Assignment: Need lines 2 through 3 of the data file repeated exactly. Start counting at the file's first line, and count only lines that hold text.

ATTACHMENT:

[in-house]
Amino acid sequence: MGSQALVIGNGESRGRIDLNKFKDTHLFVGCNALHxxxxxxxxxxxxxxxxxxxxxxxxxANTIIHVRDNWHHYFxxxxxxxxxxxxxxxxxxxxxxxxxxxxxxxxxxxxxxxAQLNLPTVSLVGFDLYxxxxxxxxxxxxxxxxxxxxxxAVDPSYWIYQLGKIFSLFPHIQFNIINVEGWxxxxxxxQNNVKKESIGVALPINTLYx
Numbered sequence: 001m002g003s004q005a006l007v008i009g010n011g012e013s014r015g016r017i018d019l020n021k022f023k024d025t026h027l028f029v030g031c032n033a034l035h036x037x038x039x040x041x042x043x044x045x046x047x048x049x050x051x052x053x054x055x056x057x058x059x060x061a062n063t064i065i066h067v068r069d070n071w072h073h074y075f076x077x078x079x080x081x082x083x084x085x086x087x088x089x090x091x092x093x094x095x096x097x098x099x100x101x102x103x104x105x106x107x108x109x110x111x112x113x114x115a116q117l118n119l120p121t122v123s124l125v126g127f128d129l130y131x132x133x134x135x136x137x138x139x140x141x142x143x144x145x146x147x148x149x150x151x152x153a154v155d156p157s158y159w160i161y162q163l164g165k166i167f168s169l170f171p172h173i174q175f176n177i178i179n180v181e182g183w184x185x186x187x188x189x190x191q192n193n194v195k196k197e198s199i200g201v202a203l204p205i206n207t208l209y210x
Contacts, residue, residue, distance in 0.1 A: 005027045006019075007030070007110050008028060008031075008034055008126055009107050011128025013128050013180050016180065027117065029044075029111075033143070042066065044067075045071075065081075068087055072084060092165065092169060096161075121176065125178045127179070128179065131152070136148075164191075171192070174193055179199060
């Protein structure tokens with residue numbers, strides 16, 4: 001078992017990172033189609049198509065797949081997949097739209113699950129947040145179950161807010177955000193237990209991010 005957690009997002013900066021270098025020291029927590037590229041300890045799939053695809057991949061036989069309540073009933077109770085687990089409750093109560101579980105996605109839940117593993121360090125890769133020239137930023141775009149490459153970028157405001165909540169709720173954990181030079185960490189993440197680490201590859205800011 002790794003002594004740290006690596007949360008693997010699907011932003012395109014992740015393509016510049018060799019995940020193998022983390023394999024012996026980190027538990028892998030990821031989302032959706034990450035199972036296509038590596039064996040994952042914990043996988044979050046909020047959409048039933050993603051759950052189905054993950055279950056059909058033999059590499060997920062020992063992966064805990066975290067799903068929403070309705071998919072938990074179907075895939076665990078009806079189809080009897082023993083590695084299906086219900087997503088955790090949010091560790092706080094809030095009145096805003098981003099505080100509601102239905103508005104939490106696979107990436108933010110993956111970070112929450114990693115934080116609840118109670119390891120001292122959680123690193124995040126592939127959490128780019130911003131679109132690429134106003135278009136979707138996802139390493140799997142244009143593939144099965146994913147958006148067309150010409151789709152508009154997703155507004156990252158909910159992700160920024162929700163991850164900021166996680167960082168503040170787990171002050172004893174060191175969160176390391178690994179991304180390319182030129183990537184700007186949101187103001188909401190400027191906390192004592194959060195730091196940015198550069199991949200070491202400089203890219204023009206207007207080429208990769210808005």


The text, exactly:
Amino acid sequence: MGSQALVIGNGESRGRIDLNKFKDTHLFVGCNALHxxxxxxxxxxxxxxxxxxxxxxxxxANTIIHVRDNWHHYFxxxxxxxxxxxxxxxxxxxxxxxxxxxxxxxxxxxxxxxAQLNLPTVSLVGFDLYxxxxxxxxxxxxxxxxxxxxxxAVDPSYWIYQLGKIFSLFPHIQFNIINVEGWxxxxxxxQNNVKKESIGVALPINTLYx
Numbered sequence: 001m002g003s004q005a006l007v008i009g010n011g012e013s014r015g016r017i018d019l020n021k022f023k024d025t026h027l028f029v030g031c032n033a034l035h036x037x038x039x040x041x042x043x044x045x046x047x048x049x050x051x052x053x054x055x056x057x058x059x060x061a062n063t064i065i066h067v068r069d070n071w072h073h074y075f076x077x078x079x080x081x082x083x084x085x086x087x088x089x090x091x092x093x094x095x096x097x098x099x100x101x102x103x104x105x106x107x108x109x110x111x112x113x114x115a116q117l118n119l120p121t122v123s124l125v126g127f128d129l130y131x132x133x134x135x136x137x138x139x140x141x142x143x144x145x146x147x148x149x150x151x152x153a154v155d156p157s158y159w160i161y162q163l164g165k166i167f168s169l170f171p172h173i174q175f176n177i178i179n180v181e182g183w184x185x186x187x188x189x190x191q192n193n194v195k196k197e198s199i200g201v202a203l204p205i206n207t208l209y210x